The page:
Tuesday, October 30, 2012

PART 3 Conclusion:

A Real World Example

uluru at sunset
Travel hacking, or the art of getting everything on miles, is the best way to travel cheaply.  So let’s create an example using the tips above. Say you want to go to Australia for two weeks. It’s a long way and Australia is an expensive country. How do you do it without busting your budget?

Flights – It takes about 70,000 miles for a round-trip flight to Australia from United States. You can earn that many miles by signing up for these two cards:
United Airlines card (30,000 miles)
Chase Sapphire card (40,000 miles)

or sign up for two American Airlines card (40,000 miles per card)
Or you can simply pay the $1,500 USD for the flight!
Cost: about $100 USD in taxes and fees for your flight using miles.
To find out more about using credit cards and miles for free flights, read this article.  And while I used the US an example and we have the most deals, there are a number of reward cards for Canadians, UK citizens, and Europeans.
Accommodation – Couchsurfing while you are in Australia will allow you to stay with locals for free, plus you’ll have access to a kitchen where you can cook your meals and save money for traveling.  There are a lot of people on Couchsurfing in Australia and it’s very easy to find someone to stay with. Additionally, Global Freedloaders also has a lot of users in the country.
Cost: $0
Food – A friend of mine once told me they simply get screwed with the price of food in Australia and it is true! However, if you cook your meals, expect to pay $70–80 USD per week. For that price, your groceries will include pasta, vegetables, chicken, and some other basic foodstuffs. Because food costs so much, campsites, hostels, apartments, and even some budget hotels have kitchen facilities for you to use. An average restaurant meal in Australia will run you around $15 USD for no-frills eating. This includes pub food, fish-and-chip shops, Chinese restaurants, and quick lunch shops. If you are staying in hostels, most offer meals each night for $6 USD and under. They call these “Special Backpacker meals,” and the food is typically pasta, fish and chips, or burgers. It’s not very healthy, but it is very cheap.
Cost:  $100 – 300 USD (Assuming you alternate cooking your own food and eating out a few times.)
Transportation – The easiest way to see Australia is via Greyhound, and they offer good value bus passes. On the popular Sydney to Cairns bus route, a normal bus ticket is about $400 USD for a direct one-way trip. However, the pass for the same route is typically $350 and lets you hop off and on as much as you would like. Not only is the pass cheaper, but it allows you to see other destinations along the way.
Another popular and cheap way to travel around Australia is to rent a van and drive yourself. Campervan and car rentals do two things: they lower your transportation costs because van rentals are really cheap and driving yourself is cheaper than taking the bus or flying. They also double as a bedroom, so you can save on accommodation by sleeping at a campsite instead of a hostel. You can rent these for about $35 USD per day.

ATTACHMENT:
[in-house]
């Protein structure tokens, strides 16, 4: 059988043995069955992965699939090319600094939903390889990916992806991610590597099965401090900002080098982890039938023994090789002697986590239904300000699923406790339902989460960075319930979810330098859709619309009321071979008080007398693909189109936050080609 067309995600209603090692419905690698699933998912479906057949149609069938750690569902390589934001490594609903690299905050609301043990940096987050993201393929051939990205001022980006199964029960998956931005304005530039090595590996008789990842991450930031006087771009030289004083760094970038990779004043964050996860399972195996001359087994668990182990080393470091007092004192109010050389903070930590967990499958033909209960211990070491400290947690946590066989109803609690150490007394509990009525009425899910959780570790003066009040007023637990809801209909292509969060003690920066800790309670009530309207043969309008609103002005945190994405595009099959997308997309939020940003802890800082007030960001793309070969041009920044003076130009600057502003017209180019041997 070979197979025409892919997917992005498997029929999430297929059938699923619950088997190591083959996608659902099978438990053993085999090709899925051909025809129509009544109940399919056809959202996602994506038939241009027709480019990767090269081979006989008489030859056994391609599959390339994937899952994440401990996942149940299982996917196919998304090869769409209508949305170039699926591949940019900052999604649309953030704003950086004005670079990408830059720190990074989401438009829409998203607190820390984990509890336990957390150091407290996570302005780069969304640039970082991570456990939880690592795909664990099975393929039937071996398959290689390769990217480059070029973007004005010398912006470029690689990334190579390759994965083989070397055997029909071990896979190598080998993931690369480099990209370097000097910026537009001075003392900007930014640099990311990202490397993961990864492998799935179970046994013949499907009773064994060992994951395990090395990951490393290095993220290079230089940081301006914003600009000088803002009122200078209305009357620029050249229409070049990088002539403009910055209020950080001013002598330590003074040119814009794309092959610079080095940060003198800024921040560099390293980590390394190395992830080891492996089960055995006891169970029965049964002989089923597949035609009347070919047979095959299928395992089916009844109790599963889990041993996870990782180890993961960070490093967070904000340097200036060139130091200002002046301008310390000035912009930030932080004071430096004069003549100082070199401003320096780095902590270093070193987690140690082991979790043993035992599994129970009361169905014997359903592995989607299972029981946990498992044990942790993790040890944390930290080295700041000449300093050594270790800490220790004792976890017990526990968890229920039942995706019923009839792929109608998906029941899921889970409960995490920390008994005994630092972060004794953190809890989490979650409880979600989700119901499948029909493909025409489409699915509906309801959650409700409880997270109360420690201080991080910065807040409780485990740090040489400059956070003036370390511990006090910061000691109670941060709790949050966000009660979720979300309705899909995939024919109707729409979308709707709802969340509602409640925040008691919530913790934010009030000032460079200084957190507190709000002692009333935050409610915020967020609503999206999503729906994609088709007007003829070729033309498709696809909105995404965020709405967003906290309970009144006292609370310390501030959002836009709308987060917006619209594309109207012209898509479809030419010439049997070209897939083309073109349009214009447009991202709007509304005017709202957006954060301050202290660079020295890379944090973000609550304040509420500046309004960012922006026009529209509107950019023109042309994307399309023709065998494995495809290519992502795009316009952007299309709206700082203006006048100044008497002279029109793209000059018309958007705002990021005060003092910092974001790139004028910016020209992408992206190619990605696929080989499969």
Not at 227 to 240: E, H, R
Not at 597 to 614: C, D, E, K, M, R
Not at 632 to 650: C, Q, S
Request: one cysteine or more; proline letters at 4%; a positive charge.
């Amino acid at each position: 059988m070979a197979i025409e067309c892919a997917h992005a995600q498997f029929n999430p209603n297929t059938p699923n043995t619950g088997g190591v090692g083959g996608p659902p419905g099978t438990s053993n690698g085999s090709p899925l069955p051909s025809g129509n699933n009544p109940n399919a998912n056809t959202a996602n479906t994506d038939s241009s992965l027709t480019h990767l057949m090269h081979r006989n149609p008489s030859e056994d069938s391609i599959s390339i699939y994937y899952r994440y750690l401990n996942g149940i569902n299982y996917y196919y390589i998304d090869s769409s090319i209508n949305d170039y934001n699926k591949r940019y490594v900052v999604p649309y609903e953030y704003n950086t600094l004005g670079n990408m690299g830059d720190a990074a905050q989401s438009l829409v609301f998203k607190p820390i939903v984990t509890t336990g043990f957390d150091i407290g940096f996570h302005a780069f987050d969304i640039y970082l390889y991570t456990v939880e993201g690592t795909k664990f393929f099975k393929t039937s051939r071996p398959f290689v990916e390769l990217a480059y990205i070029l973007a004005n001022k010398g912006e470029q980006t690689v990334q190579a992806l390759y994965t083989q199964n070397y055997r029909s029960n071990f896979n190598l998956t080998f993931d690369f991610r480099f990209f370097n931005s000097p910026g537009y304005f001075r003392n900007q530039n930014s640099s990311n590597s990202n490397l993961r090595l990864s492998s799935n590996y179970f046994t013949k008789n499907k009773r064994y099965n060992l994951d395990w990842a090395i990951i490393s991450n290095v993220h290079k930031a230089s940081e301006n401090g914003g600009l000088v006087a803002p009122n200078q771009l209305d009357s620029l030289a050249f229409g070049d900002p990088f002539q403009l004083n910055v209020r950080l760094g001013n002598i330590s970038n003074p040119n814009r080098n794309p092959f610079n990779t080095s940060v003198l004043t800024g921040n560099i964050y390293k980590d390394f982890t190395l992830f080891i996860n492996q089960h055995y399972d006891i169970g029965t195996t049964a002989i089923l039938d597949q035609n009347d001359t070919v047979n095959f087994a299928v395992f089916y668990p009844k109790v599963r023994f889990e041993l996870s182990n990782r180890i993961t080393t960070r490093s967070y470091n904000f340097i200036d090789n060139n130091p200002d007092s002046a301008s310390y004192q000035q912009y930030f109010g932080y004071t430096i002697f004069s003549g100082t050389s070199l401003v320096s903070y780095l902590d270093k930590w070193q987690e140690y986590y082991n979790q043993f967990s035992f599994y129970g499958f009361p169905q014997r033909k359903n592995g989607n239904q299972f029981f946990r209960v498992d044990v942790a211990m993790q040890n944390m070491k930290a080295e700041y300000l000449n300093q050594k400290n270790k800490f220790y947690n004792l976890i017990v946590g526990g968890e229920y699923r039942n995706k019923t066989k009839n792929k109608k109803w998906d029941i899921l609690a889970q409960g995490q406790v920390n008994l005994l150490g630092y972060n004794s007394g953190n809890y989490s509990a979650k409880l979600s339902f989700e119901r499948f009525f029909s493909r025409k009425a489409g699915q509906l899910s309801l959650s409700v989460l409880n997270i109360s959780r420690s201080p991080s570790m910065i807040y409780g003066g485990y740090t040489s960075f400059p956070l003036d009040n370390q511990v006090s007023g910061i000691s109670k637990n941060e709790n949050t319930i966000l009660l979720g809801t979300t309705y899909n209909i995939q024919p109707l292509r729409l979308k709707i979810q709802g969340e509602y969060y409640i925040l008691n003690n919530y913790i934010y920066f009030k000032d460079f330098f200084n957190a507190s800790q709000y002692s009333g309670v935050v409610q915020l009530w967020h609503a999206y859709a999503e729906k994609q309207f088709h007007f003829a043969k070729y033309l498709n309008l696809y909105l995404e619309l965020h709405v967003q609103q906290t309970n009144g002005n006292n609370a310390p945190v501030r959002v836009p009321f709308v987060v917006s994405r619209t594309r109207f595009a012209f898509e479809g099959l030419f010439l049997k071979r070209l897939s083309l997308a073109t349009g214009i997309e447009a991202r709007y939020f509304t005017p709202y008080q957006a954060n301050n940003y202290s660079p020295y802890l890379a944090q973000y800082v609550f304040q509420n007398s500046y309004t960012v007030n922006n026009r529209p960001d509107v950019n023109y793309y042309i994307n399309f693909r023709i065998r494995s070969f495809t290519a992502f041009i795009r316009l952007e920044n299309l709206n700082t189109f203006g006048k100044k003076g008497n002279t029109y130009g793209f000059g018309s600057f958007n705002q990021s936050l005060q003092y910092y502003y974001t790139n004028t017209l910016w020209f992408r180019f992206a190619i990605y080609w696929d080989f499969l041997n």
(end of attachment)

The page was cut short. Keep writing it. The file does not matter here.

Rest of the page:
Using web classifieds like Gumtree or hostel message boards can allow you to find travelers looking for rides or those wanting to get rid of their car. Taking on a few travelers to share the cost of the van and gas can cut your transportation/accommodation expenses to less than $20 USD per day! (Or use them to hop rides with other people and only pay for gas!)
Cost: $100 – $400 depending on which method you use.
Activities – Activities are really expensive in Australia, generally costing $150–400 USD. For example, a one-day trip to the Great Barrier Reef can cost $170 USD, while two nights sailing the Whitsunday Islands can cost upward of $400. A three-day trip to Uluru from Alice Springs is around $355. A day trip to Kakadu National Park is around $100. There’s really little ways to get around these costs if you go with a tour company. If you organize a trip on your own, you can cut the costs by about 50% depending on the activity.
Assuming you pick the two big activities with a tour company, you’re looking at about $600 USD.
Cost:  $600
Total cost: ~ $1,400 USD (or less)
(It should be noted that once you are “on the ground” everyone pays the same local price. Travel hacking works for everyone because on the ground, we all hack the same way – no matter what your nationality.)
Looking at the itinerary above, I didn’t compromise a lot. True, you’ll be staying with other people and cooking your own food, but that’s not the end of the world. (These tip work even if you are traveling as a pair since sites like Couchsurfing do accept pairs.)
I often talk about how you can travel around the world for $50 USD per day. While this particular journey works out to be $100 per day, but my aim here is to highlight that while in this example you aren’t able to stretch your costs out over a long period of time (which is how you lower expenses), a two-week vacation doesn’t need to cost a huge sum of money. If I can go to London for $700 and design a two-week trip to Australia that costs $1,400, then the argument that you must be rich to travel holds absolutely no water. You don’t need thousands upon thousands to travel. In fact, while $1,400 is a lot of money, that is the maximum amount of money you would need as there are still ways mentioned in the example to lower your costs even more.
The key is to get out of the mindset that you must travel using the flight/hotel combination.  While my real world example doesn’t utilize all the bare bones tips I included in the beginning of this post, it does highlight one thing – using out-of-the-box, non-traditional ways to travel can lead to big savings.
And that turns travel from a dream into a reality.